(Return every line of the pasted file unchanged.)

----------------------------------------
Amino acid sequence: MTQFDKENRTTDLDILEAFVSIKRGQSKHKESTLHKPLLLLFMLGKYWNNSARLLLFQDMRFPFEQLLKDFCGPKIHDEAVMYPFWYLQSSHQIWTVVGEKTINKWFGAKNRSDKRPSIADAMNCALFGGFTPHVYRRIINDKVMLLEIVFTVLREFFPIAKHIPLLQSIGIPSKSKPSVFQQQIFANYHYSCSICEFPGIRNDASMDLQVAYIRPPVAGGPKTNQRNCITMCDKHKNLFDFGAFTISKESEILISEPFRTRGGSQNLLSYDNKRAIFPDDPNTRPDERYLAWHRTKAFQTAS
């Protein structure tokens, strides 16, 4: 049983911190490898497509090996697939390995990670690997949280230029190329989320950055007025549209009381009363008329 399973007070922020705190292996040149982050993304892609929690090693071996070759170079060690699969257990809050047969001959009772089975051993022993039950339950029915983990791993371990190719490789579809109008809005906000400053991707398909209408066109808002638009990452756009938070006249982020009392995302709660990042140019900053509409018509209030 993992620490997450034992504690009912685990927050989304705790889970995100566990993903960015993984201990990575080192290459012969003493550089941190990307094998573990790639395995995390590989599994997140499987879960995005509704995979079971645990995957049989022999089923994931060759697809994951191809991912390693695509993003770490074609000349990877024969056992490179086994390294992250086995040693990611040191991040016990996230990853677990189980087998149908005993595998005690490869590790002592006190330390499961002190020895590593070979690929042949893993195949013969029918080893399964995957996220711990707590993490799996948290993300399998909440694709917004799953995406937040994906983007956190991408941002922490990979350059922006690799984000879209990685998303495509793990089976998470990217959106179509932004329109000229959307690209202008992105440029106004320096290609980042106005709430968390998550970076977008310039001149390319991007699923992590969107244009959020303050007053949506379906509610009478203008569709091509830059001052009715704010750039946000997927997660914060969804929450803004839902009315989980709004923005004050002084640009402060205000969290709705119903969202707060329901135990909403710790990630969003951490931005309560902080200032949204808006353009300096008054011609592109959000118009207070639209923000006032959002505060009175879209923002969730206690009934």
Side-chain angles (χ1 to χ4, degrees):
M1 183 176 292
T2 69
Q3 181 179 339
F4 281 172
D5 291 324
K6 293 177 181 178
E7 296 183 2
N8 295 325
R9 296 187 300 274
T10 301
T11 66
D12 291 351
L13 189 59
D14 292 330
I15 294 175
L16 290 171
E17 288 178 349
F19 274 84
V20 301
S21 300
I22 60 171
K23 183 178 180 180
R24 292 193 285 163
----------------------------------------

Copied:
Amino acid sequence: MTQFDKENRTTDLDILEAFVSIKRGQSKHKESTLHKPLLLLFMLGKYWNNSARLLLFQDMRFPFEQLLKDFCGPKIHDEAVMYPFWYLQSSHQIWTVVGEKTINKWFGAKNRSDKRPSIADAMNCALFGGFTPHVYRRIINDKVMLLEIVFTVLREFFPIAKHIPLLQSIGIPSKSKPSVFQQQIFANYHYSCSICEFPGIRNDASMDLQVAYIRPPVAGGPKTNQRNCITMCDKHKNLFDFGAFTISKESEILISEPFRTRGGSQNLLSYDNKRAIFPDDPNTRPDERYLAWHRTKAFQTAS
């Protein structure tokens, strides 16, 4: 049983911190490898497509090996697939390995990670690997949280230029190329989320950055007025549209009381009363008329 399973007070922020705190292996040149982050993304892609929690090693071996070759170079060690699969257990809050047969001959009772089975051993022993039950339950029915983990791993371990190719490789579809109008809005906000400053991707398909209408066109808002638009990452756009938070006249982020009392995302709660990042140019900053509409018509209030 993992620490997450034992504690009912685990927050989304705790889970995100566990993903960015993984201990990575080192290459012969003493550089941190990307094998573990790639395995995390590989599994997140499987879960995005509704995979079971645990995957049989022999089923994931060759697809994951191809991912390693695509993003770490074609000349990877024969056992490179086994390294992250086995040693990611040191991040016990996230990853677990189980087998149908005993595998005690490869590790002592006190330390499961002190020895590593070979690929042949893993195949013969029918080893399964995957996220711990707590993490799996948290993300399998909440694709917004799953995406937040994906983007956190991408941002922490990979350059922006690799984000879209990685998303495509793990089976998470990217959106179509932004329109000229959307690209202008992105440029106004320096290609980042106005709430968390998550970076977008310039001149390319991007699923992590969107244009959020303050007053949506379906509610009478203008569709091509830059001052009715704010750039946000997927997660914060969804929450803004839902009315989980709004923005004050002084640009402060205000969290709705119903969202707060329901135990909403710790990630969003951490931005309560902080200032949204808006353009300096008054011609592109959000118009207070639209923000006032959002505060009175879209923002969730206690009934």
Side-chain angles (χ1 to χ4, degrees):
M1 183 176 292
T2 69
Q3 181 179 339
F4 281 172
D5 291 324
K6 293 177 181 178
E7 296 183 2
N8 295 325
R9 296 187 300 274
T10 301
T11 66
D12 291 351
L13 189 59
D14 292 330
I15 294 175
L16 290 171
E17 288 178 349
F19 274 84
V20 301
S21 300
I22 60 171
K23 183 178 180 180
R24 292 193 285 163